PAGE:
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I want to scrape reviews about various products and things in the web, how can I do that. There is a company called searchreviews.com, they do it, I want to know how they do it.

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closed as not a real question by the Tin Man, Casper, bfavaretto, casperOne Jun 14 '12 at 14:09

It's difficult to tell what is being asked here. This question is ambiguous, vague, incomplete, overly broad, or rhetorical and cannot be reasonably answered in its current form. For help clarifying this question so that it can be reopened, visit the help center.If this question can be reworded to fit the rules in the help center, please edit the question.

    
Be aware that the TOS of a site might prevent your scraping and could result in being banned. Be a good citizen and don't beat up their servers, because it's their bandwidth you are consuming. Observe the "robots" rules for their site, and cache, cache, cache everything you can so you don't make redundant/recursive searches that waste your and their CPU time. And learn what a HEAD request is and USE it. Better yet, don't reinvent the wheel and use one of the existing spider apps like anemone. – the Tin Man Jun 12 '12 at 21:03
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An explanation of downvotes may be helpful. – Andrew Grimm Jun 12 '12 at 21:43
    
Scraping is difficult to maintain, find out if they have an API. – Joshua Cheek Jun 13 '12 at 4:01
up vote 3 down vote accepted

They get a page's HTML then parse it, targeting whatever information they need.

It's really awful, because it depends on the DOM of the site you're scraping, which can change at any time, in both trivial and complex ways. I've worked with companies that have scraped (legitimately) various types of sites, and it's horrible.

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Yep. Companies like these probably run a small army of codemonkeys to keep patching their scraping engines and algos. It's not impossible to do, but it's by no means a code-once-and-cash-in system. You will just need a strategy to keep maintaining the scraping code. – Casper Jun 12 '12 at 19:13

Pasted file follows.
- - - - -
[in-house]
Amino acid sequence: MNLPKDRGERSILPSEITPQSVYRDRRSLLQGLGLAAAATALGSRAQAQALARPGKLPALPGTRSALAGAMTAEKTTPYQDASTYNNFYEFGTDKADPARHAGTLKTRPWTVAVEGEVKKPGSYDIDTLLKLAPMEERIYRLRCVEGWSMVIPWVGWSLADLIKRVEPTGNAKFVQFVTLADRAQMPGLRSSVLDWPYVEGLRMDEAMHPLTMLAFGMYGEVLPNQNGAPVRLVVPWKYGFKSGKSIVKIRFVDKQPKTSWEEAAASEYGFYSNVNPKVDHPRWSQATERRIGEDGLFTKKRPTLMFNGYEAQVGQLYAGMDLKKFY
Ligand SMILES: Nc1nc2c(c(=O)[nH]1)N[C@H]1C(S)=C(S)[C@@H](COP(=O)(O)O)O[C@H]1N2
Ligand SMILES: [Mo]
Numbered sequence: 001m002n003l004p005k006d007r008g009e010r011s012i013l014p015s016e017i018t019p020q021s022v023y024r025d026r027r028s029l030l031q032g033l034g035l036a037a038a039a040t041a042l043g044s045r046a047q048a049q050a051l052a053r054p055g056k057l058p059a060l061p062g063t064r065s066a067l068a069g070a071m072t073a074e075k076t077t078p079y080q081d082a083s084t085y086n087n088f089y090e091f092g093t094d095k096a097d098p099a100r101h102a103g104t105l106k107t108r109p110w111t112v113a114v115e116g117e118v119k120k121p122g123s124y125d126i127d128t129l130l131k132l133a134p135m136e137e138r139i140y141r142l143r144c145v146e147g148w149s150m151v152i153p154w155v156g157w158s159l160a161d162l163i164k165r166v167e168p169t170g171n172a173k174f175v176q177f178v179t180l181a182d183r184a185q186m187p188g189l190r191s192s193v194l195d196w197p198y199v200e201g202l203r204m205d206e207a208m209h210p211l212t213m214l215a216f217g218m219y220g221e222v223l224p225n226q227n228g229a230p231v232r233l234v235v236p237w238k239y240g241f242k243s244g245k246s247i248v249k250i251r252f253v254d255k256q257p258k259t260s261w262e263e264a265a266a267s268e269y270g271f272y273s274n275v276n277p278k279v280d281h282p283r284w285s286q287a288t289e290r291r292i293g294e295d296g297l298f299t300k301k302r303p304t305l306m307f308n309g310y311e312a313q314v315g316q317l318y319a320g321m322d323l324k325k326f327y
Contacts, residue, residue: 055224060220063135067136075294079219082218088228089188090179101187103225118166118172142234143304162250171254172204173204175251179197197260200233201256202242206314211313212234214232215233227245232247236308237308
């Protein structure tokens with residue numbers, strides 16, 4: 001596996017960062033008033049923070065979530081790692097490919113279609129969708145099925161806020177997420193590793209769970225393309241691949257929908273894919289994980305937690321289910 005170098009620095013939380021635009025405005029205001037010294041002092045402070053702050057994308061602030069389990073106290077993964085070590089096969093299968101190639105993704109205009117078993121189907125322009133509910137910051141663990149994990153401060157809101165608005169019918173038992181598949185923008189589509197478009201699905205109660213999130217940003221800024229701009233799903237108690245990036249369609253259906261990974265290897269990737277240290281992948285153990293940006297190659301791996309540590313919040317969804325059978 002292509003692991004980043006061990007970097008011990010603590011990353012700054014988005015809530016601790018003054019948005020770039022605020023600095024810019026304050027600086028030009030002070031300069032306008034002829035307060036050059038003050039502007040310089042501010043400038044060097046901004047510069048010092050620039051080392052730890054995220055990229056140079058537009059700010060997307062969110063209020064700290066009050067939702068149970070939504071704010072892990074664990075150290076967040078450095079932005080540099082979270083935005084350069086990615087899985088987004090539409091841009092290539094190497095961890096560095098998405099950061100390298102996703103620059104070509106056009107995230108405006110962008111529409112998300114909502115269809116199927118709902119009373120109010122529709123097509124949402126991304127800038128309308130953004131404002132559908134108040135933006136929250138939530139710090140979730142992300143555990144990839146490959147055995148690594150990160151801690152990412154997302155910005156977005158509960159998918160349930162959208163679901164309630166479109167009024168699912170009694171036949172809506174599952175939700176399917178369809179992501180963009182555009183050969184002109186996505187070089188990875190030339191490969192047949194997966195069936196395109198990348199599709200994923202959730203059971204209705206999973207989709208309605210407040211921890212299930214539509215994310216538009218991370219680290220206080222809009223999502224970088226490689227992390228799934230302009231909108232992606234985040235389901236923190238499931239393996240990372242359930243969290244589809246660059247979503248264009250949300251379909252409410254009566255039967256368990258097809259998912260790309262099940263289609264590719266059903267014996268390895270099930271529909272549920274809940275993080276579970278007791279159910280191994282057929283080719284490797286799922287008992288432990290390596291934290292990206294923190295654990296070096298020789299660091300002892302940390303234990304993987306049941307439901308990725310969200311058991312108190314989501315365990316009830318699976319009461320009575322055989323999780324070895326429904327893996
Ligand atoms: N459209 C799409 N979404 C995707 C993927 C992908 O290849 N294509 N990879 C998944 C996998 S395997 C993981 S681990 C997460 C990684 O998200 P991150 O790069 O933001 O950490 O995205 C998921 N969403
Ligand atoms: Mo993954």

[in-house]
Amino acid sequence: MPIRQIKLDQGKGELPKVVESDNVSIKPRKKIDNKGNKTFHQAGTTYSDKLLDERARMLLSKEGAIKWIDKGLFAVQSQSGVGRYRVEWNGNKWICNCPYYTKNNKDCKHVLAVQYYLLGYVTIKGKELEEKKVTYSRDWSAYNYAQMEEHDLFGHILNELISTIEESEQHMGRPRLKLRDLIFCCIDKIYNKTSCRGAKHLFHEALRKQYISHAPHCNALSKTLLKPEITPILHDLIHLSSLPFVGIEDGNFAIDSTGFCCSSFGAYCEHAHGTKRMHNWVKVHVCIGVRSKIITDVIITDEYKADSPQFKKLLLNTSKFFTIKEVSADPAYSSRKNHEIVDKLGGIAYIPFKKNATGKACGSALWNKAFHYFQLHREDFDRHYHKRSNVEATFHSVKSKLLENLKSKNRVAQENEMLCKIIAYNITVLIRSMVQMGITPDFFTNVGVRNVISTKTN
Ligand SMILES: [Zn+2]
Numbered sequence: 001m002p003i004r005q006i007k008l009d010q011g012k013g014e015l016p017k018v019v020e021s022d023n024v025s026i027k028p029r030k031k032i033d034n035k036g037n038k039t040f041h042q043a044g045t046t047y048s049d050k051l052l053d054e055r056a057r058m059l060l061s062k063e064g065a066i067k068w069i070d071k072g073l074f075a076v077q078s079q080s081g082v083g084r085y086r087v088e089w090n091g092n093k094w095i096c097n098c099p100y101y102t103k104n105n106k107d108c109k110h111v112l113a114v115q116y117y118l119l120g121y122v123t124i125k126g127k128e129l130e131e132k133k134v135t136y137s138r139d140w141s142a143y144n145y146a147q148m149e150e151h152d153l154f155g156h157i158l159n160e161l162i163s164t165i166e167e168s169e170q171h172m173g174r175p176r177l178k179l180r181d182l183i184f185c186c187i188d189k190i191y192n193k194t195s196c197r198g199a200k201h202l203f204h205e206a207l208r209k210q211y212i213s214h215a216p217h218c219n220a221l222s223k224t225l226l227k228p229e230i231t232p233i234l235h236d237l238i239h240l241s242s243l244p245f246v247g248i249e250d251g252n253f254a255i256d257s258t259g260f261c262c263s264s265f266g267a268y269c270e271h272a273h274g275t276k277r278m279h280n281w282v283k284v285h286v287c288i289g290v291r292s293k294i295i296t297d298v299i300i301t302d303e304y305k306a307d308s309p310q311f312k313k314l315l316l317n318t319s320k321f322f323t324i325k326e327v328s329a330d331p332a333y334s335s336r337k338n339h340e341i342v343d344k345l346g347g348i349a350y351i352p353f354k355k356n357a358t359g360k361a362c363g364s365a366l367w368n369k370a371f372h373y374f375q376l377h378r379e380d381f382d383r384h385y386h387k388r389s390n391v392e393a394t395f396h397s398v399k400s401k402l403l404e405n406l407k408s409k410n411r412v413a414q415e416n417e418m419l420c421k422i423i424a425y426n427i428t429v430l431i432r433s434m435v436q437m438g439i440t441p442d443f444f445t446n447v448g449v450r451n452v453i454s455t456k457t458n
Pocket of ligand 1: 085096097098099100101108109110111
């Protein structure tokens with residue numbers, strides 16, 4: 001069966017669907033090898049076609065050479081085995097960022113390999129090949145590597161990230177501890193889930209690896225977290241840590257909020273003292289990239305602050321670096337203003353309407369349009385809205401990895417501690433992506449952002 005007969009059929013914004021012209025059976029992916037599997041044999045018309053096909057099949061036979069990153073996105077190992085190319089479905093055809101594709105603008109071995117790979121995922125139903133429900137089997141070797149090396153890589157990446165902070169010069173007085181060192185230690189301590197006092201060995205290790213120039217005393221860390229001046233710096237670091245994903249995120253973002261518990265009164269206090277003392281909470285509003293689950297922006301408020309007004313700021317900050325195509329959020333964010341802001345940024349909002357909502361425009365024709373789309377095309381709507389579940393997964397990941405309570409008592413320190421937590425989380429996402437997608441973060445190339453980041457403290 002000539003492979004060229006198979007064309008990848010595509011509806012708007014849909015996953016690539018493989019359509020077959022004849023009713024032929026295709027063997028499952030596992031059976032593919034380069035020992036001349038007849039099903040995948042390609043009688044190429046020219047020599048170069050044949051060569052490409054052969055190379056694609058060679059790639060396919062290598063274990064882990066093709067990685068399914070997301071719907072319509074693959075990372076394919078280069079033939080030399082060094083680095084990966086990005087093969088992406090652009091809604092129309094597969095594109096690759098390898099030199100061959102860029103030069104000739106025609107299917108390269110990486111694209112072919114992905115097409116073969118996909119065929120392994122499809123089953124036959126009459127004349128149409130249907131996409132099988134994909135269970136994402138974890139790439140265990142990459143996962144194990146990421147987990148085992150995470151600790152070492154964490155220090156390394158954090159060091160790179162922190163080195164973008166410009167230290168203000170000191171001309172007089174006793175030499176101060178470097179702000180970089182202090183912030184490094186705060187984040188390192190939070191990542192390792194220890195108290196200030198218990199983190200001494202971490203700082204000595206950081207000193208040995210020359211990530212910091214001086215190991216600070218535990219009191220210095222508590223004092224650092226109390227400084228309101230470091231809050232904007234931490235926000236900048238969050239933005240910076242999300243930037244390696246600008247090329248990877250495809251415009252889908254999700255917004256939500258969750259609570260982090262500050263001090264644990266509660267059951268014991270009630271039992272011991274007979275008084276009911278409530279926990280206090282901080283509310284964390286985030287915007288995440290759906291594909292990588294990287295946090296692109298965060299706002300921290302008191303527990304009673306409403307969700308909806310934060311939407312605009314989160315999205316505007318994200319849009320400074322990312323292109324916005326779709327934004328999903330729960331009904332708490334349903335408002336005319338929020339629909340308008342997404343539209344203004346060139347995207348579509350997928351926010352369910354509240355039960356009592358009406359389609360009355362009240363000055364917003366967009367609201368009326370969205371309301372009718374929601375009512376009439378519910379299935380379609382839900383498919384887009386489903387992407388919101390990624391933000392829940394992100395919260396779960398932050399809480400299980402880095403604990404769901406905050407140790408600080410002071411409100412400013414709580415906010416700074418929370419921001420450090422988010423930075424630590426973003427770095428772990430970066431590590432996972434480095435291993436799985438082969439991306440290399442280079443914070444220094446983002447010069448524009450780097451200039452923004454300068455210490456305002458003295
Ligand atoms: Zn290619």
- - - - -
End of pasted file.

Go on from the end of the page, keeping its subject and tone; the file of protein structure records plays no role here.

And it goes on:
@Casper The best part is that one of them was a bank/financial account aggregator, so we'd regularly see requests with deposits of (a chunk of HTML) instead of numbers--they did a poor job of vetting anything instead relying on getting reports back from their downstream vendors and/or suppliers :( – Dave Newton Jun 12 '12 at 19:19

mechanize or watir or rautomation are related gems that might help you here.

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yea they will help with the process but isn't there privacy on these sites that wont allow this to be done? – user1452023 Jun 12 '12 at 19:48
    
@user1452023 Depends entirely on the site. Browser signatures can be spoofed, timing can be randomized/humanized, etc. – Dave Newton Jun 12 '12 at 20:20

I've done this very often for various clients, and most of the time a site that gathers reviews is pretty well structured, so scraping isn't too hard. Look at Yelp.com for example. I built a routine in screen-scraper that searched zip codes in the client's area, used the filters to hone in on the desired business types, and makes a list of unique results (since the zip code searches could render duplicate results). From there I hie each unique URL. The reviews are pretty easy to parse with just RegEx, and some page iteration.

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